Understanding the Commodities Market

By Joseph Boyle , last updated July 21, 2011

The commodities market is what determines the prices of most of the basic necessities of modern life, including: agricultural commodities like corn, oats and wheat; metal commodities like gold, silver, copper, platinum and aluminum; meat commodities, like pork and live cattle; energy commodities like crude oil, gasoline and heating oil; ‘soft’ commodities like orange juice, coffee, sugar and lumber; and financial commodities like treasury bills, T-bonds, and currencies. The commodities market is also often referred to as the futures market. Since the products it contains are such essential components of daily life, it can be quite important to understand the nature of the market, especially for investors.

There are two common types of players on the futures market. The first are the companies which actually deal in the commodities which are being bought and sold. For example, an agricultural business that actually produces corn. Such producers have a vested interest in hedging the prices of their commodities on the market, in order to ensure a certain amount of profit when the actual commodities they produce are later being sold. The second types are mere speculators, looking to make a profit off the potential rise and fall in the values of such commodities. When someone purchases a futures contract, they are technically purchasing a given amount of the commodity itself; however investors generally are not interested in actually taking delivery of the commodity and will exit the contract before they actually receive the goods.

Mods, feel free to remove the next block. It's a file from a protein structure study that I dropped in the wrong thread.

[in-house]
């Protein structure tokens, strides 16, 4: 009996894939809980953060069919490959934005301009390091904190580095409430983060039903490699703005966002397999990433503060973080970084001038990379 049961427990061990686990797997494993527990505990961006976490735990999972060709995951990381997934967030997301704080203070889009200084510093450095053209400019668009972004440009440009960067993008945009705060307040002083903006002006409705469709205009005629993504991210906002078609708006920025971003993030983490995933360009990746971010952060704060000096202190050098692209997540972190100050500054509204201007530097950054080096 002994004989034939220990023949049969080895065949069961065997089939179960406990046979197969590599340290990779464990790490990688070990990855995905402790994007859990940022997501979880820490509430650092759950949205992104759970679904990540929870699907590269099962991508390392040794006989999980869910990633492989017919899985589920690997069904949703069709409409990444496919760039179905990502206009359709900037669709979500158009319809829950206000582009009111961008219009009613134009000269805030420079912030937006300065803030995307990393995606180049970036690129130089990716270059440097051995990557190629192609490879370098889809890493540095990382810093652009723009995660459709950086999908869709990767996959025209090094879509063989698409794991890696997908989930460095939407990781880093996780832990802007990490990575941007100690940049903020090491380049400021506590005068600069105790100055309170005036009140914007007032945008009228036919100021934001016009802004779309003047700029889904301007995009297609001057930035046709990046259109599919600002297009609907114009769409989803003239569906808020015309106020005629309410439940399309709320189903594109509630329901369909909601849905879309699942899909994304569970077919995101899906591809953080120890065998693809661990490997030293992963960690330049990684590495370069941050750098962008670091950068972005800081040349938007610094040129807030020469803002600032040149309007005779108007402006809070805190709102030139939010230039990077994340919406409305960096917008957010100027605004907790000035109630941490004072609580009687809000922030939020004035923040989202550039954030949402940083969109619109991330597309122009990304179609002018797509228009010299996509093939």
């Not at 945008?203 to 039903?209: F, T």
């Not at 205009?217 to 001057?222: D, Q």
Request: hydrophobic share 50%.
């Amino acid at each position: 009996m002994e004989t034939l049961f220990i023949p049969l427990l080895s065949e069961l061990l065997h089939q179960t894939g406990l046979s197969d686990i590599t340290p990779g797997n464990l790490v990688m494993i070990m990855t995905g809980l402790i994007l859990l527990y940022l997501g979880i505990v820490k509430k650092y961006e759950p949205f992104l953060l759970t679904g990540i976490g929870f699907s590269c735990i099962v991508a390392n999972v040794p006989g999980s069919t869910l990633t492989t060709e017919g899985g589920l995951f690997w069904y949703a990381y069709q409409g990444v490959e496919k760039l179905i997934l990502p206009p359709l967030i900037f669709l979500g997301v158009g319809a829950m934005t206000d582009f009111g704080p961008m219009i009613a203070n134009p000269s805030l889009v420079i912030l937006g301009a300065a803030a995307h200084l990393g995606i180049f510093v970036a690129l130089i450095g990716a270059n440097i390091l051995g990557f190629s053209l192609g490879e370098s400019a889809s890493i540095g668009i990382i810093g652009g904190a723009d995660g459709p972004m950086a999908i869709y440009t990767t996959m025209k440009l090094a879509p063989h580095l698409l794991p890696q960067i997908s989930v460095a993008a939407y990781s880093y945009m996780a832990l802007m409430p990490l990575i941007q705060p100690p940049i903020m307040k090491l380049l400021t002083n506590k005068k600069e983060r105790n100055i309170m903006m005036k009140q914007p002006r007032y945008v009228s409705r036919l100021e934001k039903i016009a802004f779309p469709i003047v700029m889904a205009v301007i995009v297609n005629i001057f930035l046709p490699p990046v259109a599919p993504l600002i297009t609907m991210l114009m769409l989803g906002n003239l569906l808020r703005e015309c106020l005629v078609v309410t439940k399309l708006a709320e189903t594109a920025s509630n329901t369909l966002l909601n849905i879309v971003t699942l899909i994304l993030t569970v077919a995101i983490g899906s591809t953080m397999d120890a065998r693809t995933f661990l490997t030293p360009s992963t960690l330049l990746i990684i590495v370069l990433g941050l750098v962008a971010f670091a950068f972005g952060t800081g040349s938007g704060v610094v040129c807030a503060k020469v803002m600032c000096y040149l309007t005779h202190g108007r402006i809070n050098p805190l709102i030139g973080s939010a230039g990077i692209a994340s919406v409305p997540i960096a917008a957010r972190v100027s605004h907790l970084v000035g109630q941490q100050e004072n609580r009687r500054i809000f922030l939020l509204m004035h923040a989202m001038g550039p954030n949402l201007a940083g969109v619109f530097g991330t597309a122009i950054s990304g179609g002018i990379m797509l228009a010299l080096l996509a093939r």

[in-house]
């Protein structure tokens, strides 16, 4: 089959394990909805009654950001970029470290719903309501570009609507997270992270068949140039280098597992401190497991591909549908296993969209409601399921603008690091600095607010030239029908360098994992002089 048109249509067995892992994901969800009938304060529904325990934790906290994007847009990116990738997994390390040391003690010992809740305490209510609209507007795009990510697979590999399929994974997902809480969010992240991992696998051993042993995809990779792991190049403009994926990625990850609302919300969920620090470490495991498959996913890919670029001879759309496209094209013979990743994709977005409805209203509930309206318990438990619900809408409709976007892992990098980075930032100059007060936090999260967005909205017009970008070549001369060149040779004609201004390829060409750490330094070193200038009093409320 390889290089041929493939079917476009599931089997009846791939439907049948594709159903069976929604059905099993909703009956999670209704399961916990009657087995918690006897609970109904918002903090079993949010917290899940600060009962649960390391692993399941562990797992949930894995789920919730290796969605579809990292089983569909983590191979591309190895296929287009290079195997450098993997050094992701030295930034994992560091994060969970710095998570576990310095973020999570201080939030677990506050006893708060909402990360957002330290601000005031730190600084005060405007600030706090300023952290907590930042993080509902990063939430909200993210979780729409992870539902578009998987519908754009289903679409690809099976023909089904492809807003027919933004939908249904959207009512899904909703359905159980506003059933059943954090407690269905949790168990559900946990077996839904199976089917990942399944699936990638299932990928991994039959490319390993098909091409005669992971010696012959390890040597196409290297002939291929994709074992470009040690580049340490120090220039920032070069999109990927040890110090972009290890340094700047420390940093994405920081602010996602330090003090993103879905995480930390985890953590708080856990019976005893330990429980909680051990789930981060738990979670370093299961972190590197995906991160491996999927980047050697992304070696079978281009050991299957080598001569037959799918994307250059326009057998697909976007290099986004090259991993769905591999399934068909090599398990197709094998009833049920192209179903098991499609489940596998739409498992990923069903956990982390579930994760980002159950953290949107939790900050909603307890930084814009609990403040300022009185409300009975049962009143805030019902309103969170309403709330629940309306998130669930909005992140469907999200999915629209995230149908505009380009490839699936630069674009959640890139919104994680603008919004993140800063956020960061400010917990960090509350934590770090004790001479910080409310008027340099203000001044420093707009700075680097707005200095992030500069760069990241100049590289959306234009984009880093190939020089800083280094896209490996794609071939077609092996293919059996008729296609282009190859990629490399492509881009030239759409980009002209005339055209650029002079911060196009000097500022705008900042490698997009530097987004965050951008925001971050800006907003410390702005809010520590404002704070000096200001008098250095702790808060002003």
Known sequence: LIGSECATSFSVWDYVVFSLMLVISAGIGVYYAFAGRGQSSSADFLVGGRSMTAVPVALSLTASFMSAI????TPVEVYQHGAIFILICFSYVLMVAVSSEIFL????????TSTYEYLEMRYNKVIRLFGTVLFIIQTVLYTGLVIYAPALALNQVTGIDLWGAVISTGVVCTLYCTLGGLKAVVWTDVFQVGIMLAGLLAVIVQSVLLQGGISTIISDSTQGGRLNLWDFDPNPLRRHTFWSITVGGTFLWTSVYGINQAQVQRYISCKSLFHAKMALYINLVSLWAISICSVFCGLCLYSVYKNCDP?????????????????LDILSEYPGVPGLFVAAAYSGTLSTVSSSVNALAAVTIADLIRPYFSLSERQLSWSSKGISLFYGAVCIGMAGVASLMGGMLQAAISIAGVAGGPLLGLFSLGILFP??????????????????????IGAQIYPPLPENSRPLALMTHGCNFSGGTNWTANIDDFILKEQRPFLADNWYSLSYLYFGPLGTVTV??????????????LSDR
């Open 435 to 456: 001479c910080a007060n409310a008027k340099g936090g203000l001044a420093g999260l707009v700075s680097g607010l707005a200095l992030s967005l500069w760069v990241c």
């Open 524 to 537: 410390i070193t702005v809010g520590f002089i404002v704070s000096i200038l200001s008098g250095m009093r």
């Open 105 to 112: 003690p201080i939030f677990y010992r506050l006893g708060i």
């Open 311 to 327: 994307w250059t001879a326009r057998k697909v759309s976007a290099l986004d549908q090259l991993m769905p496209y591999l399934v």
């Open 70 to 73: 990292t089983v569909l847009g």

The way the commodities market works is fairly simple. In order to hedge against the possibility of major losses in the future, commodities producers sell futures contracts. What futures contracts do for the producer is essentially lock in a set price, ensuring that they receive a given minimum regardless of what happens. For example, a corn producer will sell a futures contract to an investor for a set amount, but at the time of the sale, the producer has no way of knowing what the actual value of his commodity will be down the road when the corn is actually harvested. Any number of things could happen in the interim. There could be a drought, or pests might destroy a large portion of his crops. By selling a futures contract, he ensures that he will get a minimum price, no matter what happens to the corn. The alternative is that he may produce an enormous amount of healthy viable crops, and will have sold them for less than they are worth. In this case, the farmer takes a loss, but it is a calculated risk which covers his bases in the event that things go bad.

The other side of the coin is the speculator. The speculator purchases futures contracts on the hope of maximizing profits. If the second scenario mentioned above comes to fruition, then the speculator will stand to make a profit. Speculators make moves based on what they anticipate will occur in the market, buying or selling accordingly.

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